Complementary Contrasts: The Glass and Steel Sculptures of Albert Paley opened at Museum of Glass
on September 9. The exhibition has been more than seven years in the making and has included works created during two previous residencies in the Museums Hot Shop, time in Albert Paleys studio in Rochester, New York, and collaborative sessions with artist friends across the nation. The result is twenty-nine works that fill over two galleries at Museum of Glass.
Albert Paley is one of the most celebrated metal sculptors in the country and is the first to receive the Lifetime Achievement Award from the American Institute of Architects, the AIAs highest award to a non-architect. The allure of Paleys art comes through its intrinsic sense of integration of art and architecture, as one noted architect stated. Paley, Distinguished Professor, holds an Endowed Chair at the College of Imaging Arts and Sciences at Rochester Institute of Technology.
Paleys career has spanned more than four decades, and has included major public installation projects such as Paley on Park Avenue in New York City, and Animals Always at the St. Louis Zoo. He is highly sought-after for major architectural commissions, and his work is included in major museum collections including: Renwick Gallery of the Smithsonian American Art Museum, Washington DC; Victoria and Albert Museum, London; Metropolitan Museum of Art, New York City; Museum of Fine Arts Boston; and Philadelphia Museum of Art.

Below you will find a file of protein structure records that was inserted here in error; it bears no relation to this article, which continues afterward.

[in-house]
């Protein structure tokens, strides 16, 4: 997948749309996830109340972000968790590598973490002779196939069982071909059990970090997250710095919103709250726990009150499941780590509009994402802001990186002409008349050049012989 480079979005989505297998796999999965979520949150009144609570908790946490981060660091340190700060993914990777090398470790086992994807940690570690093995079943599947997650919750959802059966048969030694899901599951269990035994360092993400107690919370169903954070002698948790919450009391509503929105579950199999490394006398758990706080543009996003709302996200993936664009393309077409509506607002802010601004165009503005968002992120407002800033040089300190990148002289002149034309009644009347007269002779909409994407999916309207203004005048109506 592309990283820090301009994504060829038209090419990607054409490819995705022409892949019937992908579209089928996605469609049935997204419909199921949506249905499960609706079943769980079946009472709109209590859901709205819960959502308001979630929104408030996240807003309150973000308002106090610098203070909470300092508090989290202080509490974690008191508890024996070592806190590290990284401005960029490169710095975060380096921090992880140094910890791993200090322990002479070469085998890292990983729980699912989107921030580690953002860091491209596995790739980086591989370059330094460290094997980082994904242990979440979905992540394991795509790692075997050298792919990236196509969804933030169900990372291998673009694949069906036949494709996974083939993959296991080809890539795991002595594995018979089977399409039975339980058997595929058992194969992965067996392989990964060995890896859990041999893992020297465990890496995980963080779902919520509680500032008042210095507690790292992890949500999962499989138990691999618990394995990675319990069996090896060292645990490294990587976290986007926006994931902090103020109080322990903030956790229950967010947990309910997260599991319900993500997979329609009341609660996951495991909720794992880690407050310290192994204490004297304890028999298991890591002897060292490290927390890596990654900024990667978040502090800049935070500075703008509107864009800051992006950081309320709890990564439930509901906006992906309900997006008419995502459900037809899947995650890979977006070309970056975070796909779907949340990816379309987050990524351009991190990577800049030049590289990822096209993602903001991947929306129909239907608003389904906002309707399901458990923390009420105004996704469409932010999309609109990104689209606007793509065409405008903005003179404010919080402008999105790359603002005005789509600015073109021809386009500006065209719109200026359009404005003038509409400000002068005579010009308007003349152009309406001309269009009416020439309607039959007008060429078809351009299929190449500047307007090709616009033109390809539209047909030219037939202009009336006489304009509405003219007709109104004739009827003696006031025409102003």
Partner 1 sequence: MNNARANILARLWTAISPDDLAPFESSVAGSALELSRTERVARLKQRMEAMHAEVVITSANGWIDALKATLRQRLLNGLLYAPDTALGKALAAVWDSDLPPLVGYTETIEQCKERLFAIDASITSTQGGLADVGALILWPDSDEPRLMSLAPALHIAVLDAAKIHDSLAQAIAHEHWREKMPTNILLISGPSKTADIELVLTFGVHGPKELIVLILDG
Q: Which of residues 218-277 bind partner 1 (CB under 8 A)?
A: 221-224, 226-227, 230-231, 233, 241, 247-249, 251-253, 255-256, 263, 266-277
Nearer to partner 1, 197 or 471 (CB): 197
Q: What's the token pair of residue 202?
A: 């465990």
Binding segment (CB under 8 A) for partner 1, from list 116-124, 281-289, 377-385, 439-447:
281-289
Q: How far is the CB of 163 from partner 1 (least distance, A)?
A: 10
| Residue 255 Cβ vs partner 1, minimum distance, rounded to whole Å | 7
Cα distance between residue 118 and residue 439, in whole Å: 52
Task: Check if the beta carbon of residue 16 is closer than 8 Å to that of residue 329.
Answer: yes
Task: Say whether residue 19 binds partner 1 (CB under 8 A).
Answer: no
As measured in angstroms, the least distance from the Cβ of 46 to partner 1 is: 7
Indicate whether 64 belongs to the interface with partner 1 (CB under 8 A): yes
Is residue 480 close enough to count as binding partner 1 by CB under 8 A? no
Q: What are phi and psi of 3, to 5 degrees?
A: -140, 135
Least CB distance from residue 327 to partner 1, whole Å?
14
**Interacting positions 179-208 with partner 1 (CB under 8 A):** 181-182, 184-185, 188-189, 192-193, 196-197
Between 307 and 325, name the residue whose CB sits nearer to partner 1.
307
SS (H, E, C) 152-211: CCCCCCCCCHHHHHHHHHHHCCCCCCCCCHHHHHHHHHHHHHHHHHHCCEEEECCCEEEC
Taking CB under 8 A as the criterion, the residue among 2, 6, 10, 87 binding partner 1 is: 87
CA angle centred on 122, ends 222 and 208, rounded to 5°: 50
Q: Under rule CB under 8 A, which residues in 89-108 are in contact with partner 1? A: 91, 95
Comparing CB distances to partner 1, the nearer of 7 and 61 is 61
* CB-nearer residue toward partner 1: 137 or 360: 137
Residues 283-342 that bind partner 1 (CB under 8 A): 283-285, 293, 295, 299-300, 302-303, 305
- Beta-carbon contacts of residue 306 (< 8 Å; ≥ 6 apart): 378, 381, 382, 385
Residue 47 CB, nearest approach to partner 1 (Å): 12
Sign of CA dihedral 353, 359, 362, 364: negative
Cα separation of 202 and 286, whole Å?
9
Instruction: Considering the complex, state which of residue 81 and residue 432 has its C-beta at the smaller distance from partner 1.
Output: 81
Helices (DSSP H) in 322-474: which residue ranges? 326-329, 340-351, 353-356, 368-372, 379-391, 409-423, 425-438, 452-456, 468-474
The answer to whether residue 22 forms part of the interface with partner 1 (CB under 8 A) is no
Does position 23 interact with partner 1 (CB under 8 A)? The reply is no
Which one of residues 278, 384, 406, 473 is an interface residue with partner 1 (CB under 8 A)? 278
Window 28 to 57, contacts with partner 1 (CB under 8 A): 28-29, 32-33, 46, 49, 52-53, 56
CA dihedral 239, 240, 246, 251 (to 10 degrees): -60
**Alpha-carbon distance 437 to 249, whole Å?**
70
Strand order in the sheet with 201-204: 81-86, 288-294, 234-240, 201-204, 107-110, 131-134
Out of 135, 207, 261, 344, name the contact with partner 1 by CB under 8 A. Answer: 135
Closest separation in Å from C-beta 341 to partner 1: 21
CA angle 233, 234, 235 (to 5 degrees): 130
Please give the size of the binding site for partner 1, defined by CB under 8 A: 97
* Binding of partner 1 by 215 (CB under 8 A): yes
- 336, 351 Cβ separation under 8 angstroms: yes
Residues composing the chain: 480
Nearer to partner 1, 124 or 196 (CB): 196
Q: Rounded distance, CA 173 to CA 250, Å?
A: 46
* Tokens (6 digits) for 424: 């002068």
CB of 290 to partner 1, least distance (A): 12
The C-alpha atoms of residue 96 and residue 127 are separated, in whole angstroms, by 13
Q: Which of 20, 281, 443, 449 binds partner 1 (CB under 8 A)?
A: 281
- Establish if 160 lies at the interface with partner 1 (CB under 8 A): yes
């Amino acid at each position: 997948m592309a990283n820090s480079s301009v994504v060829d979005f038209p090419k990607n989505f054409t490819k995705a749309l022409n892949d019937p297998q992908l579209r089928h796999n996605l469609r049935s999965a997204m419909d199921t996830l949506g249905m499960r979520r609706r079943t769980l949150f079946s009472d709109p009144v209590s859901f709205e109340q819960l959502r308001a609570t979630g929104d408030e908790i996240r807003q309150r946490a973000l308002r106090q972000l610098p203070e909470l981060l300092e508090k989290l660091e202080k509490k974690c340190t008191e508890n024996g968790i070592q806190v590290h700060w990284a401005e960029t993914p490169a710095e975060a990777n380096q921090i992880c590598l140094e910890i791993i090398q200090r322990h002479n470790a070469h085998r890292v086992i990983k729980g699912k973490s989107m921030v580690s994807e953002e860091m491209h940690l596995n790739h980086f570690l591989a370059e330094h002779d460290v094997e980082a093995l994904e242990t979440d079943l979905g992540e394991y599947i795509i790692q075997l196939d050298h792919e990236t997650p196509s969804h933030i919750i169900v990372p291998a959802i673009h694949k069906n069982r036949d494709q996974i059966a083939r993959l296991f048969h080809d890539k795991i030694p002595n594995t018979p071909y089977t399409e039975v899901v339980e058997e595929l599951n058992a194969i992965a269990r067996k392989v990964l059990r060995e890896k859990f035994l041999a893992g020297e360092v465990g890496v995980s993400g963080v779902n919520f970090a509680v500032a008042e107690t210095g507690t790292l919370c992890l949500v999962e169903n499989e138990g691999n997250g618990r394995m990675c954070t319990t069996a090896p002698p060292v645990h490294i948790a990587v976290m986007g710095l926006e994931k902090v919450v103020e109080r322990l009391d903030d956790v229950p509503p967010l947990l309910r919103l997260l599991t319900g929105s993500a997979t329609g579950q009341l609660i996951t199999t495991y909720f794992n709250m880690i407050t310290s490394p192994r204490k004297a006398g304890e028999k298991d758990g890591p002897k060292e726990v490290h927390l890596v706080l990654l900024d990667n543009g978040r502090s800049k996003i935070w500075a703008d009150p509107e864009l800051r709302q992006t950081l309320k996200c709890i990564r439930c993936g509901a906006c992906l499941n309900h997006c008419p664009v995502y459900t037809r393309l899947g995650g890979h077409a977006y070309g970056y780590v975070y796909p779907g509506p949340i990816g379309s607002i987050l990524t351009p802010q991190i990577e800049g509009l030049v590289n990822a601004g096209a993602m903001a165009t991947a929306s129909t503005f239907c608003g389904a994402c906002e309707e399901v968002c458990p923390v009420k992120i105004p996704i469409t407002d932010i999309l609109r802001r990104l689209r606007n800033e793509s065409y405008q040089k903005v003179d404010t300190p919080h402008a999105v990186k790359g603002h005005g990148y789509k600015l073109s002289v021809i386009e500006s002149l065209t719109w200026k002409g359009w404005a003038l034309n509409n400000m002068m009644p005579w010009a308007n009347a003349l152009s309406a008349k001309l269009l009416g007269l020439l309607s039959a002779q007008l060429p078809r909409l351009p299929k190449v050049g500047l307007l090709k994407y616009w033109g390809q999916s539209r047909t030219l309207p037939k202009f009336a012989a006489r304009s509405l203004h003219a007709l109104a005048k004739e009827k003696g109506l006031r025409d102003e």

Glass and steel have many contrasting characteristics: glass is fragile, transparent, and reflective, while metal is rigid, strong, and opaque. But these materials share one important quality: both are soft when heated which allows them to be sculpted. Paleys dynamic sculptures create a new interaction between these contrasting materials. His careful consideration of how glass and steel work together exemplifies his artistic commitment to innovation and experimentation, an attitude which has defined his prolific career.
Im interested in the potential of glass as a sculptural material, not as something being framed by metal, says Paley. I want glass and metal to be equal partners. Glass pairs beautifully with steel because it creates a dialogue of opposites. The contour, clarity and color of glass metal responds to that. I want to literally fuse them together. I have always liked that idea: yin and yang, a sense of unity.
Museum of Glass curator, Katie Buckingham, is thrilled to bring this acclaimed sculptor to Tacoma. Complementary Contrasts is the celebration of nearly twenty years of Paleys exploration and experimentation of sculpting with metal and glass. This journey has resulted in an innovative body of work which plays off of the energetic similarities and dynamic contrasts of glass and steel.
In addition to the exhibition, Albert Paley will continue to explore innovative new techniques to sculpt with glass and metal through a residency at Museum of Glass January 17-21, 2018.